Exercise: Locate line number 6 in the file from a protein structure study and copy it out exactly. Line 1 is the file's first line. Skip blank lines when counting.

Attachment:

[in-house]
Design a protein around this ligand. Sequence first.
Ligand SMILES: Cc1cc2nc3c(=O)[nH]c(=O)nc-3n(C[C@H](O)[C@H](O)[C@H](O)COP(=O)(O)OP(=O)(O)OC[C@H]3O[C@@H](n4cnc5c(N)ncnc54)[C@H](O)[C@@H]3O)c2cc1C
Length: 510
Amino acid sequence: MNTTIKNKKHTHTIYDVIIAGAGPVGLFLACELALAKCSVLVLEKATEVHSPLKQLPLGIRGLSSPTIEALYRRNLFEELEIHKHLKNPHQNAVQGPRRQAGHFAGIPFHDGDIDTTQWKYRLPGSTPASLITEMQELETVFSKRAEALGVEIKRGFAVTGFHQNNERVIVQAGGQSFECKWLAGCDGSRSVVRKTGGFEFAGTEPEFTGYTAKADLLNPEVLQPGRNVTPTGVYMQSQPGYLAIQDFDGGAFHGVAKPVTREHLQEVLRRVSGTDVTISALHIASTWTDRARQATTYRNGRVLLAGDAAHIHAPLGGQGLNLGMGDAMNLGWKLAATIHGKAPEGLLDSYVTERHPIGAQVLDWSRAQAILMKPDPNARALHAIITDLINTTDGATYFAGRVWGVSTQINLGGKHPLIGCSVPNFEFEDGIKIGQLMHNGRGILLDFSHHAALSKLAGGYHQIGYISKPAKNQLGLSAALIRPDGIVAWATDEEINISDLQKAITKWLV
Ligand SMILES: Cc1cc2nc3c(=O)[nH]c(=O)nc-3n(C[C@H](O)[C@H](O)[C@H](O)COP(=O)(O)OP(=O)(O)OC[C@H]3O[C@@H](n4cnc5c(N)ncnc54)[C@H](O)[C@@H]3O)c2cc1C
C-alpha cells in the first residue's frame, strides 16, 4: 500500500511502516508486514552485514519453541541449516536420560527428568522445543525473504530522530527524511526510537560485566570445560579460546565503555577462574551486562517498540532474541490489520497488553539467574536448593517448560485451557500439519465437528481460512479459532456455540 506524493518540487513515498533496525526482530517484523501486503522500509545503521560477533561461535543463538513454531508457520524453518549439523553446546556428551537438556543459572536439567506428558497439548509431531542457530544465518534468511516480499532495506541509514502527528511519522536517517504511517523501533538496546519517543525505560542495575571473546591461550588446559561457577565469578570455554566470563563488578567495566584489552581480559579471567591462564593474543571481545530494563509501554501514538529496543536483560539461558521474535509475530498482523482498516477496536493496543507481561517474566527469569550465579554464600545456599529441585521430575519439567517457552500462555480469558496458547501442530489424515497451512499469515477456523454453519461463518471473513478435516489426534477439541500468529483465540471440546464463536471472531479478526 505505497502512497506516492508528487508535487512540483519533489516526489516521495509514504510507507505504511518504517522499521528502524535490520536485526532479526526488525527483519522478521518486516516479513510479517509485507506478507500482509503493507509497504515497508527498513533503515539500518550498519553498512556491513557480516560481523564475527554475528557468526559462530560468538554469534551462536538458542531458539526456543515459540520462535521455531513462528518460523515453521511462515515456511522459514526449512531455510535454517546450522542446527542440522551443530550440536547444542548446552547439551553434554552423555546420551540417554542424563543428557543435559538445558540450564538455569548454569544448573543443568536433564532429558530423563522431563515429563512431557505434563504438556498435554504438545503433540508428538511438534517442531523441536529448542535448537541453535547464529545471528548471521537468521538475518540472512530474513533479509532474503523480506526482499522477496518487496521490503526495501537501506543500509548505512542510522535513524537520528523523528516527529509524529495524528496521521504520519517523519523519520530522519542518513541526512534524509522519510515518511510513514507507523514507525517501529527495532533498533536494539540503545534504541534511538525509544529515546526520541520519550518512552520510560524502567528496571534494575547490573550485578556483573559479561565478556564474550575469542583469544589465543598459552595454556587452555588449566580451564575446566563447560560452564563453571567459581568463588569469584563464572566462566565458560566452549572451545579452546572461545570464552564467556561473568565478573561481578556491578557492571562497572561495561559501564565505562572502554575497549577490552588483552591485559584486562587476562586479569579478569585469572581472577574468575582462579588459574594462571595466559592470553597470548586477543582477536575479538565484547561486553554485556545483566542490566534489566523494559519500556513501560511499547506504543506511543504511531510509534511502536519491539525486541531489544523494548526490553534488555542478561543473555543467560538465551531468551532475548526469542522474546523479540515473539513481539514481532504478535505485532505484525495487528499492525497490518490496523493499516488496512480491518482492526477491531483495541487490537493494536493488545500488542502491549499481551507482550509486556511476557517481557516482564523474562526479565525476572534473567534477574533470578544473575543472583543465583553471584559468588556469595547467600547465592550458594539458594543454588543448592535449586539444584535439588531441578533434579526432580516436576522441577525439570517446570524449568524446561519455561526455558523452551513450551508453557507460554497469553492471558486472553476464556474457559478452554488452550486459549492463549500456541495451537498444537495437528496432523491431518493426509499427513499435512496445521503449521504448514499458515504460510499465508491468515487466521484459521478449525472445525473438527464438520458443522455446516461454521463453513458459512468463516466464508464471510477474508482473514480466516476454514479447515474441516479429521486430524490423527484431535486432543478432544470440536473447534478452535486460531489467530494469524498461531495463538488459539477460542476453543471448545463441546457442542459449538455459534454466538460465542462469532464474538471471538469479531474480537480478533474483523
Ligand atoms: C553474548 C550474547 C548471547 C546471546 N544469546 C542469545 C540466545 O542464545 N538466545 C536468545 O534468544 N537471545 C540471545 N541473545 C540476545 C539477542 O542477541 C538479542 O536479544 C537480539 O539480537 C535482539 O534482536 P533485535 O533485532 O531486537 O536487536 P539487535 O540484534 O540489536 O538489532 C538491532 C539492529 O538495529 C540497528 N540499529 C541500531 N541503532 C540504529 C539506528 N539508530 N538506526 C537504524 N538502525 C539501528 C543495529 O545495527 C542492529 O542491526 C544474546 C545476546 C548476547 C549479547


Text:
Ligand SMILES: Cc1cc2nc3c(=O)[nH]c(=O)nc-3n(C[C@H](O)[C@H](O)[C@H](O)COP(=O)(O)OP(=O)(O)OC[C@H]3O[C@@H](n4cnc5c(N)ncnc54)[C@H](O)[C@@H]3O)c2cc1C